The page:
Russia’s President Vladimir Putin on Monday agreed to widen the terms for a proposed UN force to protect observers monitoring the conflict in eastern Ukraine, but his proposal was unlikely to get Kiev’s agreement.
Putin told German Chancellor Angela Merkel in a phone call that he was willing to see the mission operate “not only on the front line after the warring sides and their hardware is pulled back, but also in other areas” where the the monitors operate, the Kremlin said.
Russia last week asked the UN Security Council to authorize the deployment of a lightly-armed mission to protect international observers monitoring the conflict in eastern Ukraine.
Originally Putin proposed allowing the mission to operate exclusively along the dividing line between the two sides.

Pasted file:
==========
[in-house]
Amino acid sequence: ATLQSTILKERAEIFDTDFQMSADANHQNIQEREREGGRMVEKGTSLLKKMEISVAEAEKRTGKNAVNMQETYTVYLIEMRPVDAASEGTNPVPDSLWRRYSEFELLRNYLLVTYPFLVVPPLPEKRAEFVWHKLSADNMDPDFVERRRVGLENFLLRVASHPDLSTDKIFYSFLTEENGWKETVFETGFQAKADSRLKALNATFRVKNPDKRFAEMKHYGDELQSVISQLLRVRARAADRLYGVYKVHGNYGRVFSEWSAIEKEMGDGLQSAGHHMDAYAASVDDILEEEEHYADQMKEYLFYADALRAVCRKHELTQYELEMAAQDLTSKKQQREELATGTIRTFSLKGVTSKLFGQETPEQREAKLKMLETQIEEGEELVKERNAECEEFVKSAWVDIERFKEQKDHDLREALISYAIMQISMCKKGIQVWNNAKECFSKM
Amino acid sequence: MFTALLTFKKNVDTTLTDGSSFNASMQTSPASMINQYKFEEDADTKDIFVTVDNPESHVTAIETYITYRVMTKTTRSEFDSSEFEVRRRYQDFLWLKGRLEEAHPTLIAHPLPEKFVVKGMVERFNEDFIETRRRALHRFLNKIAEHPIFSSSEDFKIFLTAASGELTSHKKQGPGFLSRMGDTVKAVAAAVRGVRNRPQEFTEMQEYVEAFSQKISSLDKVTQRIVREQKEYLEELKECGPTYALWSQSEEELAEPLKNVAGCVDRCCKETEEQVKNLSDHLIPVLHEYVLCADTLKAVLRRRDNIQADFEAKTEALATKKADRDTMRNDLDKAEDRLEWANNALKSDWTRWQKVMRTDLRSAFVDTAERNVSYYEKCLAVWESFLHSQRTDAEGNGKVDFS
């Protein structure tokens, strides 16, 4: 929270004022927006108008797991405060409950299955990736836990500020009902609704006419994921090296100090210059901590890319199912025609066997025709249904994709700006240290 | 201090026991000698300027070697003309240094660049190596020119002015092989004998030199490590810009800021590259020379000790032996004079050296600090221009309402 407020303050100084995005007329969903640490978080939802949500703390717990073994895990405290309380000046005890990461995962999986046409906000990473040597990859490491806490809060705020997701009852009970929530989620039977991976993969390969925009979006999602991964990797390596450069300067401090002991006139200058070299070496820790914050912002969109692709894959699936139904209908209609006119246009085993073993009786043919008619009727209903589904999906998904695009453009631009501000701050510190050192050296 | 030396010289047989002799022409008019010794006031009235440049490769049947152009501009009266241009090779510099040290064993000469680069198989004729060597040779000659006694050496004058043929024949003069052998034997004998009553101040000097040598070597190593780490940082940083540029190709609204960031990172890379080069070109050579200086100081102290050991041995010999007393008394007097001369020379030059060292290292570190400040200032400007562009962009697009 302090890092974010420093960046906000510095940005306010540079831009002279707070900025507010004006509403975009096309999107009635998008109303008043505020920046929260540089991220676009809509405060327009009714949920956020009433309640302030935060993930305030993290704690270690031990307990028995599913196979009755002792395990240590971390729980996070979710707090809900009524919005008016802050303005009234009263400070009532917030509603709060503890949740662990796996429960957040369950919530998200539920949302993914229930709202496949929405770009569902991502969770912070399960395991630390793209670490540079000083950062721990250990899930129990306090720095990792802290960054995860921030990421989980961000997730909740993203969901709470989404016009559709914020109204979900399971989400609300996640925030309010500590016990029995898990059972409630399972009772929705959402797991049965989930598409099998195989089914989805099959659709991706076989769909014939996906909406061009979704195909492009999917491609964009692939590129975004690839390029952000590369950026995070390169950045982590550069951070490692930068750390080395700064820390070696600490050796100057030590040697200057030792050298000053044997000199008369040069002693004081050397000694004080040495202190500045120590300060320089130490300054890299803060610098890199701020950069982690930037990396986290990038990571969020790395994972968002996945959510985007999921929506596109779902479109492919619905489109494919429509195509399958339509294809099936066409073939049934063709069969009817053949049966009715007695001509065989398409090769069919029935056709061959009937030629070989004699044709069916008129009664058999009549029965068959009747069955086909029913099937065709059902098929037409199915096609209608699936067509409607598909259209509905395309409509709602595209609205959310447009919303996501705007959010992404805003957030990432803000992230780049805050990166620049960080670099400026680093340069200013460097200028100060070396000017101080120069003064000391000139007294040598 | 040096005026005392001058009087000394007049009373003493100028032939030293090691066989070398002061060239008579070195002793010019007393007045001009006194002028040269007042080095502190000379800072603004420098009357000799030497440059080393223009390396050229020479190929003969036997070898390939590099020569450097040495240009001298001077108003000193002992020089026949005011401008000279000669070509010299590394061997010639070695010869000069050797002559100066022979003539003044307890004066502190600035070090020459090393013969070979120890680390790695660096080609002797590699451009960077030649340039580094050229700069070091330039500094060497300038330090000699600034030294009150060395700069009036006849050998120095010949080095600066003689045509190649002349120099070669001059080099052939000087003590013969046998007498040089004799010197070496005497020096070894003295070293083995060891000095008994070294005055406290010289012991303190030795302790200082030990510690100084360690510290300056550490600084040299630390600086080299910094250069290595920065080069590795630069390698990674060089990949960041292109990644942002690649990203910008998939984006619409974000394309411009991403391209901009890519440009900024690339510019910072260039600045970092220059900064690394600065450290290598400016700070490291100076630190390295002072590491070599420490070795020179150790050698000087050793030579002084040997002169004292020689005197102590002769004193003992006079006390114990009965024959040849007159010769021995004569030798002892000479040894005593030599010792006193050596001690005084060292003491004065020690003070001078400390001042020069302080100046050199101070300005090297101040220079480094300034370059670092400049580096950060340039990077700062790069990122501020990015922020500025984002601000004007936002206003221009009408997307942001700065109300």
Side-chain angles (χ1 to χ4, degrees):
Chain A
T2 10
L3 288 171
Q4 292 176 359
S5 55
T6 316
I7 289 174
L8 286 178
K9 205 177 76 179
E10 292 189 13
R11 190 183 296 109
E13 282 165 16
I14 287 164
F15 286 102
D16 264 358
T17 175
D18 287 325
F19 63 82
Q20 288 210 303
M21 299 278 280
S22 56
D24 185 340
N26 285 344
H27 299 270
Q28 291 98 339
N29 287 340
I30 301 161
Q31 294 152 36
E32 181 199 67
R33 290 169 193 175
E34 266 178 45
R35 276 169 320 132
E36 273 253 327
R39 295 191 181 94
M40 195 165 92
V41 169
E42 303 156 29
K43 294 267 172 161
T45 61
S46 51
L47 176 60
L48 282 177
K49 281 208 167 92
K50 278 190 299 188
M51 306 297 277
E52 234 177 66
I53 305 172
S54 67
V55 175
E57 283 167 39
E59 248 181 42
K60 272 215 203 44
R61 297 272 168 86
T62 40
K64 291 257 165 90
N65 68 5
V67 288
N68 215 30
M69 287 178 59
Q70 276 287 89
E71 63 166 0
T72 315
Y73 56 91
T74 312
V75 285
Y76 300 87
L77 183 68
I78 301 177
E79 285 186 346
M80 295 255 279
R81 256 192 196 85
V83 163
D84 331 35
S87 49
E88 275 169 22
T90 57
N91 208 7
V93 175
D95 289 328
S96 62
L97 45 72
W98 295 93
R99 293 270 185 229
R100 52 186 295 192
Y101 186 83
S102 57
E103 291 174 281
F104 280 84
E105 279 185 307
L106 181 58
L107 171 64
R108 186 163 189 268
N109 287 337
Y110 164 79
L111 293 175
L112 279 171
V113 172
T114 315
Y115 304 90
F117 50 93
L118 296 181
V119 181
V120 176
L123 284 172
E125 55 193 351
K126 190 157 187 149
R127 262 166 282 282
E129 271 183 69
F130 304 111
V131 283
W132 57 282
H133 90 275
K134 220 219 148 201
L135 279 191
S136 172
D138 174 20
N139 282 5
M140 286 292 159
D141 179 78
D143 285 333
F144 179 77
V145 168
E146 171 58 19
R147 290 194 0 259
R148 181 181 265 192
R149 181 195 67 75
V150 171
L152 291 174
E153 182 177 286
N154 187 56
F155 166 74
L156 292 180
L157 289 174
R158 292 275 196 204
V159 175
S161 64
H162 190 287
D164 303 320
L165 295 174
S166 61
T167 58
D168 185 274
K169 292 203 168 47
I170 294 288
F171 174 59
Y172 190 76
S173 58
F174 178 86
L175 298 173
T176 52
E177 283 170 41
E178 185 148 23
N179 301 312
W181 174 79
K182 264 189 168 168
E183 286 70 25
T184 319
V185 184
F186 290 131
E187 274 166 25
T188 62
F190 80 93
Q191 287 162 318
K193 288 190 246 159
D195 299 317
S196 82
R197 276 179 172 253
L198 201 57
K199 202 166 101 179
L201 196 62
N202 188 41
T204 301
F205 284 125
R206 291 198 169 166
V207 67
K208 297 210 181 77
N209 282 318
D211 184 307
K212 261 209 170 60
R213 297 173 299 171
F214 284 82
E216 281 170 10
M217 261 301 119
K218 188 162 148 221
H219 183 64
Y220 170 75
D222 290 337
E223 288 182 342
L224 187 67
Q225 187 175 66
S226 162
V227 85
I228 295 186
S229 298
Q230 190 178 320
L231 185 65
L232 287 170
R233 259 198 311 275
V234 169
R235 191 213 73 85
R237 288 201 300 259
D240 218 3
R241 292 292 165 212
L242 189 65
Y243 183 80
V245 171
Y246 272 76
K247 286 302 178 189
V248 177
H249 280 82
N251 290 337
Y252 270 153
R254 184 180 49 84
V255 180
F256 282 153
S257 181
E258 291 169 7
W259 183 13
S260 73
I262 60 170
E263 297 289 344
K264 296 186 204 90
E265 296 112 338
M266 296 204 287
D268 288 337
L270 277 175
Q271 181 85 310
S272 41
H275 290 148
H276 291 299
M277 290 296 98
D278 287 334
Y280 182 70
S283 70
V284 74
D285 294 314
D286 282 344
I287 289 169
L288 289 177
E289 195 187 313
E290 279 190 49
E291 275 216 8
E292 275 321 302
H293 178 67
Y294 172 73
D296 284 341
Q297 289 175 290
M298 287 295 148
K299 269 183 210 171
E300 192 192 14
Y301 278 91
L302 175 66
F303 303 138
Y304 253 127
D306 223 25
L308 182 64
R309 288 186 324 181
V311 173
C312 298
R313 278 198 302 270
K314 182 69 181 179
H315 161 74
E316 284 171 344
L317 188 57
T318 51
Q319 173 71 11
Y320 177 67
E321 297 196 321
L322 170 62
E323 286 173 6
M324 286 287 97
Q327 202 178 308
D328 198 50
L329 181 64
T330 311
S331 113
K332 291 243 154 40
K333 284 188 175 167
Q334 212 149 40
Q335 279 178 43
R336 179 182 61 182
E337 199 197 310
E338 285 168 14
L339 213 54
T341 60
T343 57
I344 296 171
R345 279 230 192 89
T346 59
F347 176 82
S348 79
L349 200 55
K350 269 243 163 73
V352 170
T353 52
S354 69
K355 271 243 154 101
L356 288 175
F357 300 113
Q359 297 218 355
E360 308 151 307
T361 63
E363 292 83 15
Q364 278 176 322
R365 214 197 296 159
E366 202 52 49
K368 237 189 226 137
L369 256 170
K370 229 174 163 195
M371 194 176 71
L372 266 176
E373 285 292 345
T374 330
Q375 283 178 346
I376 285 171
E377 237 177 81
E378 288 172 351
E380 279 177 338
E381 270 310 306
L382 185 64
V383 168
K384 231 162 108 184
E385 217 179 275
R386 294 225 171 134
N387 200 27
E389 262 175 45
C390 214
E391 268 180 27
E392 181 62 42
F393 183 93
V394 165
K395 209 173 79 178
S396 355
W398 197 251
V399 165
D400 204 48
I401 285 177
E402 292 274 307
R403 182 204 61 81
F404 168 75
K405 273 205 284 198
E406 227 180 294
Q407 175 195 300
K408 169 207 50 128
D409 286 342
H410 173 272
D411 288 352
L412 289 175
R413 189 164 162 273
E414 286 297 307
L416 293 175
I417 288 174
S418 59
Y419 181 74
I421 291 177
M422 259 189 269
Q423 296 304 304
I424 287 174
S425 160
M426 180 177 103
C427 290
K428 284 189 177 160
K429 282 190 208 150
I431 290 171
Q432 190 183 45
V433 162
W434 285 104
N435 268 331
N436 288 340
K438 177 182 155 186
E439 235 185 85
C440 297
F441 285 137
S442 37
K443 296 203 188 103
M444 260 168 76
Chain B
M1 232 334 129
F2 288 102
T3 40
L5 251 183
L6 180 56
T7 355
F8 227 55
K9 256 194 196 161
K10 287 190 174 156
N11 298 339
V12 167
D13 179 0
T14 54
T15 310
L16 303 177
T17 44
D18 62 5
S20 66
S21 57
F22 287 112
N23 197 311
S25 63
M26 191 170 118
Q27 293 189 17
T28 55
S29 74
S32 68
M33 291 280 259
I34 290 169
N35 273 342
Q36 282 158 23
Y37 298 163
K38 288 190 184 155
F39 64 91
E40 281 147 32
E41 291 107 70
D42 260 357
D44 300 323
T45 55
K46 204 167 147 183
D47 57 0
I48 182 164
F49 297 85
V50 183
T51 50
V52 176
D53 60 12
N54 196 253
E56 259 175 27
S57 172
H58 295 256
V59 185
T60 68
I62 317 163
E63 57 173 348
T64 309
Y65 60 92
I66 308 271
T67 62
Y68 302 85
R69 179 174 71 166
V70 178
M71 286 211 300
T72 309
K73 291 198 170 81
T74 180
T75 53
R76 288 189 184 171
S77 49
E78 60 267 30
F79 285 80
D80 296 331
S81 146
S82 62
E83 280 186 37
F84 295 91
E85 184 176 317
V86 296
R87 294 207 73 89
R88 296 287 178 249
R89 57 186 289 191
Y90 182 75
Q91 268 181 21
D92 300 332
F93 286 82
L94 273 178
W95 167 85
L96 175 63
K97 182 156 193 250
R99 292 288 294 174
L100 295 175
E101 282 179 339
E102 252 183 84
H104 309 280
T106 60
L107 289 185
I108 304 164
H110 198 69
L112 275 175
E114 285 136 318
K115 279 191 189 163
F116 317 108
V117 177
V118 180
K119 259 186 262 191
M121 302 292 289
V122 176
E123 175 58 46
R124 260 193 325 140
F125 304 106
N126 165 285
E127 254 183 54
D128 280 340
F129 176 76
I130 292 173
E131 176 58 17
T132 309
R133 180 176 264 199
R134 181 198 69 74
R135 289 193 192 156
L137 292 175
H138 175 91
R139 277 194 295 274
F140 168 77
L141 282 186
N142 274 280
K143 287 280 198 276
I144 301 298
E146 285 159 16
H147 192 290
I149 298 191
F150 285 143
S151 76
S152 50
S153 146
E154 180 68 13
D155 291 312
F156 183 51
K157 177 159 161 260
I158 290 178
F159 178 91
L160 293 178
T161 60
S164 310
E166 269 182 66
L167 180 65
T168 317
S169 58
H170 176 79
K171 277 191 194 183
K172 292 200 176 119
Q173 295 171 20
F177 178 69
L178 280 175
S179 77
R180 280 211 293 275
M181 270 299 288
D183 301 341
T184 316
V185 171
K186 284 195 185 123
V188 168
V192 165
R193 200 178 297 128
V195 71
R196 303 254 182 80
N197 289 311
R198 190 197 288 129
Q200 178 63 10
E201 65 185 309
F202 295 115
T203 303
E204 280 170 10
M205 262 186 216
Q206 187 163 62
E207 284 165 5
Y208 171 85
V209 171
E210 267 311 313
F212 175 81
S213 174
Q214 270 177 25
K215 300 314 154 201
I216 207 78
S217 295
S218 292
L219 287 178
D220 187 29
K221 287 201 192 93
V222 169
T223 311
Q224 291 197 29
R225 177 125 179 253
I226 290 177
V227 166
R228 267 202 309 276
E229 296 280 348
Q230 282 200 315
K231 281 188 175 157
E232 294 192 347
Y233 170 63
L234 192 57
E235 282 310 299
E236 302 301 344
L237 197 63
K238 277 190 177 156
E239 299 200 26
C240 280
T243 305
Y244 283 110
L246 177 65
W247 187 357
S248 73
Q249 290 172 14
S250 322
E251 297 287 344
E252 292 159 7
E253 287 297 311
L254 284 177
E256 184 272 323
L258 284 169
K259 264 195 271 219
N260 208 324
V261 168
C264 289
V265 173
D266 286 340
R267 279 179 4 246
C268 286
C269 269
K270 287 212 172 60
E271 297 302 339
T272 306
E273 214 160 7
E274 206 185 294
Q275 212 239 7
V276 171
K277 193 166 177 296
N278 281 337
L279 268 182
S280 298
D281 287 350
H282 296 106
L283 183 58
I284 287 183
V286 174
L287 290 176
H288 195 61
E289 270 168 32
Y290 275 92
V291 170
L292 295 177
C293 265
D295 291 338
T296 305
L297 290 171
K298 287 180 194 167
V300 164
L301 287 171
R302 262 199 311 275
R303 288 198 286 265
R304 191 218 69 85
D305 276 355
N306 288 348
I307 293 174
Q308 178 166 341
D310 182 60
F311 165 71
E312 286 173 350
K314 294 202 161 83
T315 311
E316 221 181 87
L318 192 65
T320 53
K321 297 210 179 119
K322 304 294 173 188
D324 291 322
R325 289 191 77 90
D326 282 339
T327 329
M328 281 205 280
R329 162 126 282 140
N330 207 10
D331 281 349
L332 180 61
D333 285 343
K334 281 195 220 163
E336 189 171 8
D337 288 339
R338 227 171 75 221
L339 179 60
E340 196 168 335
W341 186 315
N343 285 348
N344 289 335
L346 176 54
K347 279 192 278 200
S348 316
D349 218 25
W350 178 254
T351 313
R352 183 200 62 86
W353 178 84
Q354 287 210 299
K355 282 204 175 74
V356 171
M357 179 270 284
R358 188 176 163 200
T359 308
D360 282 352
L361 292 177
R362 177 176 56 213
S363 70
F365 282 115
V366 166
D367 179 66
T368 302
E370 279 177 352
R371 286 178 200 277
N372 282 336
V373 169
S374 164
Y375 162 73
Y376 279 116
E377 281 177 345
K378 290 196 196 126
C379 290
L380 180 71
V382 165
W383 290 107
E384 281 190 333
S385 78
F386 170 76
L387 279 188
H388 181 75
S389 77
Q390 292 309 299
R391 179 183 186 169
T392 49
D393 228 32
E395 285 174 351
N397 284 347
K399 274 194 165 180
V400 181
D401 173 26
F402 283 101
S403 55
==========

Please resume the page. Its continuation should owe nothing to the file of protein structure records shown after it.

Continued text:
Merkel’s office said in a statement that Putin shifted his position after the German leader insisted that “some changes in the mandate were necessary.”
Ukraine — which has long called for United Nations peacekeepers to be deployed — fears Moscow is simply trying to ease the international pressure it faces and would use any force to lock in gains made by Kremlin-backed rebels.
Ukraine insists a fully-fledged UN mission should patrol the whole of the conflict zone and the porous border between Russia and the rebel-held territory.
Kiev rejects Moscow’s demand that any deployment needs to be agreed by rebels it sees as puppets of the Kremlin.
Ukraine and its Western allies accuse Russia of being behind the insurgency in a conflict that has killed 10,000 people since 2014.
Despite overwhelming evidence of its involvement, Moscow continues to deny that it has played a role in the fighting.
Some 600 observers from the Organization for Security and Cooperation in Europe (OSCE) are on the ground in eastern Ukraine but their presence has failed to stop the fighting.
A peace plan brokered by Germany and France in 2015 has hit a wall, with Russia and Ukraine accusing each other of not fulfilling their obligations.